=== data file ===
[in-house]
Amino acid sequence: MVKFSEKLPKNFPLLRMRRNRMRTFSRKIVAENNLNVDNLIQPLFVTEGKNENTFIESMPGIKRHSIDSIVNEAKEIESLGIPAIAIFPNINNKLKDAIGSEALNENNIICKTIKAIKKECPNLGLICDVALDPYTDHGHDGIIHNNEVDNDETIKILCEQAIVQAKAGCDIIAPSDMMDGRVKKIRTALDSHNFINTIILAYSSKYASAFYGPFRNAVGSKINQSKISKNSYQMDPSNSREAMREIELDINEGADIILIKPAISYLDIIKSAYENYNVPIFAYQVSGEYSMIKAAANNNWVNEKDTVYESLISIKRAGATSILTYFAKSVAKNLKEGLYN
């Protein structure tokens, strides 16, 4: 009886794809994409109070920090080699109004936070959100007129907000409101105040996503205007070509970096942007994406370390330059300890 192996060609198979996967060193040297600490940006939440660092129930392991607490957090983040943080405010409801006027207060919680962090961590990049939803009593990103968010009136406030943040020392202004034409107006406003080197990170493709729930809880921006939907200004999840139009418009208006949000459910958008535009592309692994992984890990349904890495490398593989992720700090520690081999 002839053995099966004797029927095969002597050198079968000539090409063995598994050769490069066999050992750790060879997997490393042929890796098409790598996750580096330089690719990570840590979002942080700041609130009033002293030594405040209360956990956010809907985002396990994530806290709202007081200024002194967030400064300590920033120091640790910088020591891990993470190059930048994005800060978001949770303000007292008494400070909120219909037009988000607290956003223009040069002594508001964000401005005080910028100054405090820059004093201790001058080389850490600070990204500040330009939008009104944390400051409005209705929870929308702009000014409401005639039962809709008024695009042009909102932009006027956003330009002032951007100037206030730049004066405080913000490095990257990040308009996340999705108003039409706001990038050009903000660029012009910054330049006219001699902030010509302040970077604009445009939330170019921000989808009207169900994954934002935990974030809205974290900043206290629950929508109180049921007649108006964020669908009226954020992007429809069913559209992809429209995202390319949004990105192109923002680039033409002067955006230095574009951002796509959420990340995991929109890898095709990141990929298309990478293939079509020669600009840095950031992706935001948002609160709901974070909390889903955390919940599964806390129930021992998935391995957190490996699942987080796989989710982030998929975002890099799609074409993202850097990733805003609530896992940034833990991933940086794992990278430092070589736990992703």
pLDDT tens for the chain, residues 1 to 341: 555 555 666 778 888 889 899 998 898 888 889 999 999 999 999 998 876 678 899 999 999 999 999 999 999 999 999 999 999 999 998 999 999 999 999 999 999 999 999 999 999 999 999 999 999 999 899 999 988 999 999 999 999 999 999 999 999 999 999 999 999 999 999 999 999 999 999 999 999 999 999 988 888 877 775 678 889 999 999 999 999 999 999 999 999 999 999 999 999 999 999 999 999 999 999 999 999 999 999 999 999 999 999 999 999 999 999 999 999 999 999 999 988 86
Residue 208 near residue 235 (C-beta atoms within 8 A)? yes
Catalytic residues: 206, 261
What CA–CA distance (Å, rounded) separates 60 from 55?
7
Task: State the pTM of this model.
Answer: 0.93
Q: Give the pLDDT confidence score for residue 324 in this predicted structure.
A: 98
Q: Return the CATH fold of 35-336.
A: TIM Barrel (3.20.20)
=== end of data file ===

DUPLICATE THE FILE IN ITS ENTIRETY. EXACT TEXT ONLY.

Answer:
[in-house]
Amino acid sequence: MVKFSEKLPKNFPLLRMRRNRMRTFSRKIVAENNLNVDNLIQPLFVTEGKNENTFIESMPGIKRHSIDSIVNEAKEIESLGIPAIAIFPNINNKLKDAIGSEALNENNIICKTIKAIKKECPNLGLICDVALDPYTDHGHDGIIHNNEVDNDETIKILCEQAIVQAKAGCDIIAPSDMMDGRVKKIRTALDSHNFINTIILAYSSKYASAFYGPFRNAVGSKINQSKISKNSYQMDPSNSREAMREIELDINEGADIILIKPAISYLDIIKSAYENYNVPIFAYQVSGEYSMIKAAANNNWVNEKDTVYESLISIKRAGATSILTYFAKSVAKNLKEGLYN
């Protein structure tokens, strides 16, 4: 009886794809994409109070920090080699109004936070959100007129907000409101105040996503205007070509970096942007994406370390330059300890 192996060609198979996967060193040297600490940006939440660092129930392991607490957090983040943080405010409801006027207060919680962090961590990049939803009593990103968010009136406030943040020392202004034409107006406003080197990170493709729930809880921006939907200004999840139009418009208006949000459910958008535009592309692994992984890990349904890495490398593989992720700090520690081999 002839053995099966004797029927095969002597050198079968000539090409063995598994050769490069066999050992750790060879997997490393042929890796098409790598996750580096330089690719990570840590979002942080700041609130009033002293030594405040209360956990956010809907985002396990994530806290709202007081200024002194967030400064300590920033120091640790910088020591891990993470190059930048994005800060978001949770303000007292008494400070909120219909037009988000607290956003223009040069002594508001964000401005005080910028100054405090820059004093201790001058080389850490600070990204500040330009939008009104944390400051409005209705929870929308702009000014409401005639039962809709008024695009042009909102932009006027956003330009002032951007100037206030730049004066405080913000490095990257990040308009996340999705108003039409706001990038050009903000660029012009910054330049006219001699902030010509302040970077604009445009939330170019921000989808009207169900994954934002935990974030809205974290900043206290629950929508109180049921007649108006964020669908009226954020992007429809069913559209992809429209995202390319949004990105192109923002680039033409002067955006230095574009951002796509959420990340995991929109890898095709990141990929298309990478293939079509020669600009840095950031992706935001948002609160709901974070909390889903955390919940599964806390129930021992998935391995957190490996699942987080796989989710982030998929975002890099799609074409993202850097990733805003609530896992940034833990991933940086794992990278430092070589736990992703």
pLDDT tens for the chain, residues 1 to 341: 555 555 666 778 888 889 899 998 898 888 889 999 999 999 999 998 876 678 899 999 999 999 999 999 999 999 999 999 999 999 998 999 999 999 999 999 999 999 999 999 999 999 999 999 999 999 899 999 988 999 999 999 999 999 999 999 999 999 999 999 999 999 999 999 999 999 999 999 999 999 999 988 888 877 775 678 889 999 999 999 999 999 999 999 999 999 999 999 999 999 999 999 999 999 999 999 999 999 999 999 999 999 999 999 999 999 999 999 999 999 999 999 988 86
Residue 208 near residue 235 (C-beta atoms within 8 A)? yes
Catalytic residues: 206, 261
What CA–CA distance (Å, rounded) separates 60 from 55?
7
Task: State the pTM of this model.
Answer: 0.93
Q: Give the pLDDT confidence score for residue 324 in this predicted structure.
A: 98
Q: Return the CATH fold of 35-336.
A: TIM Barrel (3.20.20)